Theater means everything to Central High School senior Caelan Jessop. That’s one of the reasons why the last few months have been difficult.
His outlet has been upended because of the COVID-19 pandemic. Spring theater productions had to be canceled. Then, last semester, the theater department opted for a short film festival instead of a production.’
“I’m panicking, honestly,” Jessop said. “There’s so much that I wanted to do. I feel like I speak for the 30-40 kids in our program when I say that this show means a lot to many people. This is the last chance I have to be on this stage, and I was expecting to have three more shows.”
Clubs and extracurricular activities throughout School District 51 have struggled to adapt to COVID-19 guidelines while retaining the essence of what makes them great. Some have done so to varying degrees of success while others haven’t been able to at all.
Central High is recreating the disco glory of the ABBA-inspired musical, “Mamma Mia!” this spring. Jessop is playing the role of Harry Bright, one of the love interests of the protagonist, Sophie Sheridan.
The performance is slated to run in March, and Jessop’s teacher has done everything she can to meet that commitment.
Amanda Meltzer, theater teacher at Central High, held virtual auditions in December, during which students submitted audition tapes.
Now that schools are back to in-person learning, she’s been able to have limited physical rehearsals. Those have just a few kids on stage at a time, socially distanced and wearing masks, while singing and dancing is practiced virtually.
“In theater, actors play off each other’s movements,” Meltzer said. “It’s not ideal, but it’s great that we’re able to be in-person at all.”
Not only that, but theater is a second family to many of the students involved with the production — whether it be the lead roles or the stage hands.
Leobardo Marin Rivera, 15, plays Bill Austin, one of the men who could be Sophie’s father. He echoed Meltzer’s sentiments about why in-person rehearsals are so vital.
Research and learning lines are easy to do at home, he said.
“But at rehearsals, you learn how you move, how you act and how you perceive the world as your character,” Marin Rivera said.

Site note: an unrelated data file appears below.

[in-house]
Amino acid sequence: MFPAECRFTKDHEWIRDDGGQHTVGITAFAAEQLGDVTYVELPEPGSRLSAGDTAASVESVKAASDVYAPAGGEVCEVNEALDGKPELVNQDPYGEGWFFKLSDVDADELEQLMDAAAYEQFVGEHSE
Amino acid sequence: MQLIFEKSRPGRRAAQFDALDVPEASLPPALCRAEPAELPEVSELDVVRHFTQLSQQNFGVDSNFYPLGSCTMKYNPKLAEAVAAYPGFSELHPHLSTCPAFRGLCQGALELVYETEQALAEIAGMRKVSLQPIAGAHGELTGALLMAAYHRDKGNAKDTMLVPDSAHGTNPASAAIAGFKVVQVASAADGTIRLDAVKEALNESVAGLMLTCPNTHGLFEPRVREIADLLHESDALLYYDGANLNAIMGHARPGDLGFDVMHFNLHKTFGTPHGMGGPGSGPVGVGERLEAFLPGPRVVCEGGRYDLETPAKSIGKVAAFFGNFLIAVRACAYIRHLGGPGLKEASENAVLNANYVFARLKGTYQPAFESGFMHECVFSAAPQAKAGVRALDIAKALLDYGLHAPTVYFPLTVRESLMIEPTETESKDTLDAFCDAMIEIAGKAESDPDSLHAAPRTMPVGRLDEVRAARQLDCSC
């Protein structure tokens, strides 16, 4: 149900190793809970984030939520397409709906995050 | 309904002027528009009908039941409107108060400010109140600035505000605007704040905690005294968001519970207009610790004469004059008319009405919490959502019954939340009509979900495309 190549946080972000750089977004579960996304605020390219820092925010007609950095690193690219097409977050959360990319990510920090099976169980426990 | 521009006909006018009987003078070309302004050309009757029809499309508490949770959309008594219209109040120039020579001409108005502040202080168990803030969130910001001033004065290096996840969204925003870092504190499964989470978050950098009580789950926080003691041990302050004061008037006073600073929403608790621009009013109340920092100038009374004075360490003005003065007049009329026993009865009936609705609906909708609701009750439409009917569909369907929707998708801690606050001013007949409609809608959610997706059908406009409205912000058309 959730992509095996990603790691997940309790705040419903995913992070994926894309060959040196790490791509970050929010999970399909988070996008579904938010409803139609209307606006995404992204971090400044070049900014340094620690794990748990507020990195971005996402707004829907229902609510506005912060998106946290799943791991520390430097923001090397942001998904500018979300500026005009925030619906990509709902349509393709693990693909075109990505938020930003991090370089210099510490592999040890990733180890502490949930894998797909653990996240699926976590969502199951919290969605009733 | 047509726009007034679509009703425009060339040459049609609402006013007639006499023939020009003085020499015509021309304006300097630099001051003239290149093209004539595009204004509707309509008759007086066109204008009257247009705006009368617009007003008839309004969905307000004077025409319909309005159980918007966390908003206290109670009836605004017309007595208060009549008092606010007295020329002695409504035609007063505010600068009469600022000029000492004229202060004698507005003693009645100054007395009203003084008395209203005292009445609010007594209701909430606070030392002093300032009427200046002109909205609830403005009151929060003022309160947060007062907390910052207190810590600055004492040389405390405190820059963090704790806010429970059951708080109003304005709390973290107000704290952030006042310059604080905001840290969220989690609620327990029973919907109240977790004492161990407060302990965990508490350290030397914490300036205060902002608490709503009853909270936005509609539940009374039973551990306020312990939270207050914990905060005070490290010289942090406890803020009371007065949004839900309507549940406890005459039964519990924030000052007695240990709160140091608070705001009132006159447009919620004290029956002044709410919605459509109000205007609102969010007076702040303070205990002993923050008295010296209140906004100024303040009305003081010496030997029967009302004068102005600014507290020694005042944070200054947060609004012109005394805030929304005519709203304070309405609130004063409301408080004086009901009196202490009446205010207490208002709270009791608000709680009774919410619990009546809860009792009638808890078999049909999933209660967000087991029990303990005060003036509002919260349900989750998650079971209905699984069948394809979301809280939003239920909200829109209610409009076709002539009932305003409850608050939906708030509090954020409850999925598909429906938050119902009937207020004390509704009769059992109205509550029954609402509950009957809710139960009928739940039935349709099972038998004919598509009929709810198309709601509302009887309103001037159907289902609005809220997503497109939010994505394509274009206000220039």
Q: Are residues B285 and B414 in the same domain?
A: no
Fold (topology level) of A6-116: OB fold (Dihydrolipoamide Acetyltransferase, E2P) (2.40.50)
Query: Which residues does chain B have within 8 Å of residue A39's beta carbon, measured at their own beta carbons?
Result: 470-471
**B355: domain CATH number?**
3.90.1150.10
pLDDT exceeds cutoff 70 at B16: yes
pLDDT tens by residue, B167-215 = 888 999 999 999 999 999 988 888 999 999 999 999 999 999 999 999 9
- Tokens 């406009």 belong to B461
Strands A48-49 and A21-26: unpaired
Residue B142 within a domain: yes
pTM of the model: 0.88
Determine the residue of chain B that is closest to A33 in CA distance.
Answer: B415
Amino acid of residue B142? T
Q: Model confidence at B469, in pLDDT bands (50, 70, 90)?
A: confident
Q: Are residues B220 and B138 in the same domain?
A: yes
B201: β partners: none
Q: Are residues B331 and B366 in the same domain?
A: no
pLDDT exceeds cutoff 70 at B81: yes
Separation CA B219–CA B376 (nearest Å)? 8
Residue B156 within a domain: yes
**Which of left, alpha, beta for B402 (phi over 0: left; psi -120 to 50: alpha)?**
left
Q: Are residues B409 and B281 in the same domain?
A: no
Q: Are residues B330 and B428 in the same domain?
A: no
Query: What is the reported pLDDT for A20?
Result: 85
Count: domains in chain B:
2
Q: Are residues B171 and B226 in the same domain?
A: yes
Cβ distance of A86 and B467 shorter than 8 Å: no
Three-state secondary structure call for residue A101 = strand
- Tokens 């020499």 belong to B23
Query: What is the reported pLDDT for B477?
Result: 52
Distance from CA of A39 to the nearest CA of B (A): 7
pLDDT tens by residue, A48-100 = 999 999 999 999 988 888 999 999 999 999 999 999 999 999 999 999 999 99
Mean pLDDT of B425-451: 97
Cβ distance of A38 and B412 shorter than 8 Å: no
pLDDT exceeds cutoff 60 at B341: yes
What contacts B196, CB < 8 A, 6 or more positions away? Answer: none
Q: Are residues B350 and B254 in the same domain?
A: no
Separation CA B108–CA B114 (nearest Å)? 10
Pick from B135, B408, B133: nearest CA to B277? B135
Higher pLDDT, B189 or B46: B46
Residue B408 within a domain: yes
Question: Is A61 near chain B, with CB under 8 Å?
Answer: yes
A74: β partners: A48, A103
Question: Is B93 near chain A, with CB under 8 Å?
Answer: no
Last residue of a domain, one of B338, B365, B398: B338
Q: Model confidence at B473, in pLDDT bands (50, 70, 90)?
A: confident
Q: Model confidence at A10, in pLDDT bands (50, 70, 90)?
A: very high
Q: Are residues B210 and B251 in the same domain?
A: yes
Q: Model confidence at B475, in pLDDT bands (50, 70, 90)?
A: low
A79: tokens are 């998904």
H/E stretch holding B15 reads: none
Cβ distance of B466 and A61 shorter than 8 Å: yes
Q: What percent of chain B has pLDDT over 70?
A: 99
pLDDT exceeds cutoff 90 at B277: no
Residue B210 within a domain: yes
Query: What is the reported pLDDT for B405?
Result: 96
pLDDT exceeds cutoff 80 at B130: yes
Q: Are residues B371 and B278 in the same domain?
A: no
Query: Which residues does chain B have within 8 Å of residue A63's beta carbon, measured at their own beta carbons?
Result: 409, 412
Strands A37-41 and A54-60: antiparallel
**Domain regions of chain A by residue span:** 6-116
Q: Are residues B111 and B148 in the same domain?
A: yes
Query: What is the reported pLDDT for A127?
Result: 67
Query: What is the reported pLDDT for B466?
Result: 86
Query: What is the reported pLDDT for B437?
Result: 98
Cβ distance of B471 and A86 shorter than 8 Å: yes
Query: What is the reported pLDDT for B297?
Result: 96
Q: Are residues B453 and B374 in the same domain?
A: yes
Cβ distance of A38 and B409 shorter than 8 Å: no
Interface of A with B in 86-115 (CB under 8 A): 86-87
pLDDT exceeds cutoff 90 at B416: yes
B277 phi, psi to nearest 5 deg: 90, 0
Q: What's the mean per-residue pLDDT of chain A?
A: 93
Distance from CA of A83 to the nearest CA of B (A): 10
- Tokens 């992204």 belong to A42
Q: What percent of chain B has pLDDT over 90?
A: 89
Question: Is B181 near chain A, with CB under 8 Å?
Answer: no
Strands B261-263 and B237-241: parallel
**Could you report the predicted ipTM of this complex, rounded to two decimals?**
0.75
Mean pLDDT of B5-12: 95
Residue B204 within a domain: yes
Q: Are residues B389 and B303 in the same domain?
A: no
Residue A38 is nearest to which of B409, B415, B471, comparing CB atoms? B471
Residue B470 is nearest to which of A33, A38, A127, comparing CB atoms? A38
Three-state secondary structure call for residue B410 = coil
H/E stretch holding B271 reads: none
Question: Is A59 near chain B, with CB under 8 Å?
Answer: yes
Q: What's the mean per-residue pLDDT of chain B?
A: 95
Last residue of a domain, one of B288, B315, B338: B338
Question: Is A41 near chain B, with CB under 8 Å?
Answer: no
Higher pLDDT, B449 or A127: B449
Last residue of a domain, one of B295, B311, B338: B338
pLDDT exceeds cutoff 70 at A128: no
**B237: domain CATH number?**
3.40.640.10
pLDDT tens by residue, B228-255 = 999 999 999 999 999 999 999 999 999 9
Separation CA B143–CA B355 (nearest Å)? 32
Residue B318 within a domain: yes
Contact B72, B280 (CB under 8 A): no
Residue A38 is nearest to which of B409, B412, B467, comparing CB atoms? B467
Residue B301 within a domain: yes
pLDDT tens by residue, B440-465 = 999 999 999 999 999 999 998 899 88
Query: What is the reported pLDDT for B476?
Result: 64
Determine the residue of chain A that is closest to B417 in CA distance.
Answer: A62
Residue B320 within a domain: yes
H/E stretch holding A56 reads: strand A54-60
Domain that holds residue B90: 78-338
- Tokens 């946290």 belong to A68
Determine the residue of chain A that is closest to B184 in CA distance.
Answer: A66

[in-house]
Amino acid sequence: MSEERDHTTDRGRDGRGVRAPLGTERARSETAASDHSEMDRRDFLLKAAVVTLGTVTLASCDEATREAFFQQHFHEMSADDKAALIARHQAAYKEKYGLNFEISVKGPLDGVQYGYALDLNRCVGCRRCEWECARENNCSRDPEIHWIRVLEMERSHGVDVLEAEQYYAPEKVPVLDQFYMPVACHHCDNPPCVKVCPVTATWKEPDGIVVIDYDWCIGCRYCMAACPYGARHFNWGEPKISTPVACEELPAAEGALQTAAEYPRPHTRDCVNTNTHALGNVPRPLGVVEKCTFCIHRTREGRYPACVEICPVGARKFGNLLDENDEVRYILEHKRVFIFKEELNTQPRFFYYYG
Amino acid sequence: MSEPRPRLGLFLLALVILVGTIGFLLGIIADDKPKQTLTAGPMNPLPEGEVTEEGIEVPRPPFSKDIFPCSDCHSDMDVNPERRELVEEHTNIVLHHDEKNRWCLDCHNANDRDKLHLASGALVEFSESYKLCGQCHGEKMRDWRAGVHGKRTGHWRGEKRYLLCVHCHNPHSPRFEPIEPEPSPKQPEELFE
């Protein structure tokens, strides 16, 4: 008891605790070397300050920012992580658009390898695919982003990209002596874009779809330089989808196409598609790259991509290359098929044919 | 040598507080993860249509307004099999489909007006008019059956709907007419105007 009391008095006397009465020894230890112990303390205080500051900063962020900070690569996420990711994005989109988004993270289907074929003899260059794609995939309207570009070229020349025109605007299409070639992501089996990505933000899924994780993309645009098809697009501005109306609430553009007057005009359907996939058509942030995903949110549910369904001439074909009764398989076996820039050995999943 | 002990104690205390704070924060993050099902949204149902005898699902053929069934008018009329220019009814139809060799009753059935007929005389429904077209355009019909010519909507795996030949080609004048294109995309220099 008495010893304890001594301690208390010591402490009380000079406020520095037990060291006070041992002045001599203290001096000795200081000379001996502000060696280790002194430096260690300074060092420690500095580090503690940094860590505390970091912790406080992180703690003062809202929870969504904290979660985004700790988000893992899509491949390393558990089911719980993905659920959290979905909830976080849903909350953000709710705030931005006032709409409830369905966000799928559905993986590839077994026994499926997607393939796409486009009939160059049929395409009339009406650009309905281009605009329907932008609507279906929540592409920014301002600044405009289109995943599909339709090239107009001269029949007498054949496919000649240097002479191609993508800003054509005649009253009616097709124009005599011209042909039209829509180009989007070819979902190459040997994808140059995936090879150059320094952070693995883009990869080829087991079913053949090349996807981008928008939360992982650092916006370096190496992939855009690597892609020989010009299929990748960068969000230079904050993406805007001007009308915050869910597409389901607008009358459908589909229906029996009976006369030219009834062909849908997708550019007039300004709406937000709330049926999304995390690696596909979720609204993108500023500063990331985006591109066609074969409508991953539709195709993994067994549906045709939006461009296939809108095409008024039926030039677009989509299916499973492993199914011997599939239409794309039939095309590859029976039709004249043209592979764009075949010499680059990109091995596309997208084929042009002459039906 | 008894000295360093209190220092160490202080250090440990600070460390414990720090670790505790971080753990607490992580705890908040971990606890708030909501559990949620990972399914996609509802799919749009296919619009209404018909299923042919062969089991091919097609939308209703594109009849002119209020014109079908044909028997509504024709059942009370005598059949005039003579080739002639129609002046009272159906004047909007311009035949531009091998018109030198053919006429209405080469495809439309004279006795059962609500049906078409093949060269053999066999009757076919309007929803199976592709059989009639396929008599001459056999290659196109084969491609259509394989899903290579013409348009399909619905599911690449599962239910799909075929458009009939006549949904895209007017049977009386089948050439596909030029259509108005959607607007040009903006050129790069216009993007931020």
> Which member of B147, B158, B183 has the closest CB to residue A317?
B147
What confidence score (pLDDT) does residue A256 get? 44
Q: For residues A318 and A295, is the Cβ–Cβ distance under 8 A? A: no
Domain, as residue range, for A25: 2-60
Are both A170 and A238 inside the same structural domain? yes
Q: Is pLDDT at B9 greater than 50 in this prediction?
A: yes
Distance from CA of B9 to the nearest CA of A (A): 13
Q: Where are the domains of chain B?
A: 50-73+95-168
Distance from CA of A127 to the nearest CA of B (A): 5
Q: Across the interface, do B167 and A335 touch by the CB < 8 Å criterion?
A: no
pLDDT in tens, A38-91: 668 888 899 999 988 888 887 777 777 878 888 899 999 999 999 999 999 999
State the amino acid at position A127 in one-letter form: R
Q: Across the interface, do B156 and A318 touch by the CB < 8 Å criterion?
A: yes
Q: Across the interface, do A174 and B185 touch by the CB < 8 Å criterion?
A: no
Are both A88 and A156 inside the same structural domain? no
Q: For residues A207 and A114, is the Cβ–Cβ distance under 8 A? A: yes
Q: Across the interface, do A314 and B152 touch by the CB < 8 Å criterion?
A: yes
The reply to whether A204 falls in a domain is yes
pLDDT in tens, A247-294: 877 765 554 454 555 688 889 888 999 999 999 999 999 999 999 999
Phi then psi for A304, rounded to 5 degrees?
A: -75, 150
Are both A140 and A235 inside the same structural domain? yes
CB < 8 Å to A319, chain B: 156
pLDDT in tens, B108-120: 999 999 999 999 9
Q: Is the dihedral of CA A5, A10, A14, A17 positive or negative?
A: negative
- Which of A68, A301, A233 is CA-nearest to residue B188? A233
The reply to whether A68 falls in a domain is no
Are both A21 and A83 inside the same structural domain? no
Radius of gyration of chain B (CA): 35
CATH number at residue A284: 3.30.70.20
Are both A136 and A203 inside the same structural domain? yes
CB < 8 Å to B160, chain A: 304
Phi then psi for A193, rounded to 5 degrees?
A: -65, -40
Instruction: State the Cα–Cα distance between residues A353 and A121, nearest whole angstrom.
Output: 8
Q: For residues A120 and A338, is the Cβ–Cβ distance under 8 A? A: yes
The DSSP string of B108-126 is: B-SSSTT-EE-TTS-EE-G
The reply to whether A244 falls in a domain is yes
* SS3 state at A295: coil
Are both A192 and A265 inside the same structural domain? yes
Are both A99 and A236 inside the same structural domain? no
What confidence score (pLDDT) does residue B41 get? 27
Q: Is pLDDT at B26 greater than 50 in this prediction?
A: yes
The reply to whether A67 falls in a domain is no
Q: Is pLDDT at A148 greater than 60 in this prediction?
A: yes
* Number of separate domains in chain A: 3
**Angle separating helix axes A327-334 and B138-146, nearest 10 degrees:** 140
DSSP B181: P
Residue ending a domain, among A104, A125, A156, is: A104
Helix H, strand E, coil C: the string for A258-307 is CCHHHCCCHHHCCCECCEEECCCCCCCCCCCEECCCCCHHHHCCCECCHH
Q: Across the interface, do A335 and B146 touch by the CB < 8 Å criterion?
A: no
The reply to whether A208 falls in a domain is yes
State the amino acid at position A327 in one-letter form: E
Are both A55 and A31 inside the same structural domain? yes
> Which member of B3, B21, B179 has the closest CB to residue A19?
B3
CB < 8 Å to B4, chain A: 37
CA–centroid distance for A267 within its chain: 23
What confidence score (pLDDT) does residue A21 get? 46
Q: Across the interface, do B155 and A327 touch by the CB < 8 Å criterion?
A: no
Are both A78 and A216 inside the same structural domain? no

Meltzer has been able to negotiate with the company that owns the play to work out royalty fees and get a new contract that has a later expiration date. That way, there’s a contingency plan in case Central High is forced to go remote for a couple of weeks.
Still, she feels for her students who want to have the full theater experience.
“It’s tough to do this virtual, but I think that the students are excited to be back,” Meltzer said.
Other clubs have faced similar roadblocks during the pandemic. But, like Central High theater, they’ve adapted.
Tracy Seremak is a teacher at Palisade High School and sponsor for the Youth Activists Club. Some students approached her over the summer about being positive activists in the community.
Their first campaign was putting together an effort to register students to vote, and the second one is creating personal care packages for the homeless population.
The group’s numbers dwindled when the high school went to remote learning last fall and the club went to Google Meets. But a core group of students remained.
“The group pretty much runs itself. They have issues that they’re passionate about like human rights, and that drives them,” Seremak said.
Some clubs haven’t been able to adapt, though.
Rob Pizem, a science teacher at R-5 High School, is also part of the R-5 Outdoors Club. Pre-pandemic, they would go on hikes, camp in the wilderness, rock climb and learn about the outdoors.
“My favorite trip is where a learner overcomes a fear,” Pizem said. “They didn’t think they’d make it and they do. It’s amazing.”
But the group has been idle since COVID-19 first struck and all field trips were canceled in March. That’s tough for him, other teachers and the students.
R-5 is an alternative high school, so many of its students have jobs or other big responsibilities.
“A lot of them are adultified, and this gives them an opportunity to be a kid,” Pizem said. “Usually, they go on one trip and fall in love. Many of them have gone on to pursue outdoor education.”
Realistically, the group won’t be able to return until August, and that’s frustrating for Pizem.
“A pandemic is a pandemic. It’s lame, but we’ll be ready,” he said.
The people who make these clubs less like extracurricular activities and more like outlets and families are keeping their heads forward as much as they can.
For Central’s theater group, the show must go on. “Mamma Mia!” is set to run from at 7 p.m. March 11-13, with a 1 p.m. matinee on March 13, as well.
“We have backup plans like doing it virtually” Meltzer said. “We’re going to do something. We’re going to do theater.”